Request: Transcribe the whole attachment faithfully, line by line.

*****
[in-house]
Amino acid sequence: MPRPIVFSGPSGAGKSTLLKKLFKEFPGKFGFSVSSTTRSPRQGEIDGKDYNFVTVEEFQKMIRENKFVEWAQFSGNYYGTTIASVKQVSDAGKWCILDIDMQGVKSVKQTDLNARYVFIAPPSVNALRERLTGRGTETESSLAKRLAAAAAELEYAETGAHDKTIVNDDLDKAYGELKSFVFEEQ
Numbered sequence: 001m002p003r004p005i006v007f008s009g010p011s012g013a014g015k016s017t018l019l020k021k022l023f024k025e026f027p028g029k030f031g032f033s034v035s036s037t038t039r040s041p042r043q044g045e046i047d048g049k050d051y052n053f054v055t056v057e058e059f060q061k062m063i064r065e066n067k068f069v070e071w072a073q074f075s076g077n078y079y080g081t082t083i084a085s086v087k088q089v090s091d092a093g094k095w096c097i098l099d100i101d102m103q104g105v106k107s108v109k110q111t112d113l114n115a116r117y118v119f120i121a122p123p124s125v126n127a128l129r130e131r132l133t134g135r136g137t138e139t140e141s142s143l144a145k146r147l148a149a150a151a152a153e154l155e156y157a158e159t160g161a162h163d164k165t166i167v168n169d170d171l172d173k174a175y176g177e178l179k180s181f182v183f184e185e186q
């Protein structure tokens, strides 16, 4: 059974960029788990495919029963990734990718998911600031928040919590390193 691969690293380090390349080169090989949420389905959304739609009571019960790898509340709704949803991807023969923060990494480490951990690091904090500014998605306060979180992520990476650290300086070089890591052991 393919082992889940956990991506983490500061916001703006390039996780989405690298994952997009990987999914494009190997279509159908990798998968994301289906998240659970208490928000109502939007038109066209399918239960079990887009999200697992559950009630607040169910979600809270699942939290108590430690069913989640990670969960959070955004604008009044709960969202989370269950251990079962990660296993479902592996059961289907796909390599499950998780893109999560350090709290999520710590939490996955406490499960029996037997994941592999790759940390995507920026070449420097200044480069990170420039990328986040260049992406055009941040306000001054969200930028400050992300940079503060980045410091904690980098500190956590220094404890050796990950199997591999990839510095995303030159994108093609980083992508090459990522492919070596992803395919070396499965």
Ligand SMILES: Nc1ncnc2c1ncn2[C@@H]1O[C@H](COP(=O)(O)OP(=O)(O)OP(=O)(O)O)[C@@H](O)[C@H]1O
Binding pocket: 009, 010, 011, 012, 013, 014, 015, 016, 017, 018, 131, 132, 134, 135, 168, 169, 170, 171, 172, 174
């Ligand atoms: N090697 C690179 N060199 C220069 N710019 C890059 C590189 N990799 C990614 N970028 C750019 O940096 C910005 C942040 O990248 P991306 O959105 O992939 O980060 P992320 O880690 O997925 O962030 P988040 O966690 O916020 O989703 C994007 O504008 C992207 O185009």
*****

[in-house]
Amino acid sequence: MPRPIVFSGPSGAGKSTLLKKLFKEFPGKFGFSVSSTTRSPRQGEIDGKDYNFVTVEEFQKMIRENKFVEWAQFSGNYYGTTIASVKQVSDAGKWCILDIDMQGVKSVKQTDLNARYVFIAPPSVNALRERLTGRGTETESSLAKRLAAAAAELEYAETGAHDKTIVNDDLDKAYGELKSFVFEEQ
Numbered sequence: 001m002p003r004p005i006v007f008s009g010p011s012g013a014g015k016s017t018l019l020k021k022l023f024k025e026f027p028g029k030f031g032f033s034v035s036s037t038t039r040s041p042r043q044g045e046i047d048g049k050d051y052n053f054v055t056v057e058e059f060q061k062m063i064r065e066n067k068f069v070e071w072a073q074f075s076g077n078y079y080g081t082t083i084a085s086v087k088q089v090s091d092a093g094k095w096c097i098l099d100i101d102m103q104g105v106k107s108v109k110q111t112d113l114n115a116r117y118v119f120i121a122p123p124s125v126n127a128l129r130e131r132l133t134g135r136g137t138e139t140e141s142s143l144a145k146r147l148a149a150a151a152a153e154l155e156y157a158e159t160g161a162h163d164k165t166i167v168n169d170d171l172d173k174a175y176g177e178l179k180s181f182v183f184e185e186q
């Protein structure tokens, strides 16, 4: 059974960029788990495919029963990734990718998911600031928040919590390193 691969690293380090390349080169090989949420389905959304739609009571019960790898509340709704949803991807023969923060990494480490951990690091904090500014998605306060979180992520990476650290300086070089890591052991 393919082992889940956990991506983490500061916001703006390039996780989405690298994952997009990987999914494009190997279509159908990798998968994301289906998240659970208490928000109502939007038109066209399918239960079990887009999200697992559950009630607040169910979600809270699942939290108590430690069913989640990670969960959070955004604008009044709960969202989370269950251990079962990660296993479902592996059961289907796909390599499950998780893109999560350090709290999520710590939490996955406490499960029996037997994941592999790759940390995507920026070449420097200044480069990170420039990328986040260049992406055009941040306000001054969200930028400050992300940079503060980045410091904690980098500190956590220094404890050796990950199997591999990839510095995303030159994108093609980083992508090459990522492919070596992803395919070396499965």
Ligand SMILES: Nc1ncnc2c1ncn2[C@@H]1O[C@H](COP(=O)(O)OP(=O)(O)OP(=O)(O)O)[C@@H](O)[C@H]1O
Binding pocket: 009, 010, 011, 012, 013, 014, 015, 016, 017, 018, 131, 132, 134, 135, 168, 169, 170, 171, 172, 174
């Ligand atoms: N090697 C690179 N060199 C220069 N710019 C890059 C590189 N990799 C990614 N970028 C750019 O940096 C910005 C942040 O990248 P991306 O959105 O992939 O980060 P992320 O880690 O997925 O962030 P988040 O966690 O916020 O989703 C994007 O504008 C992207 O185009």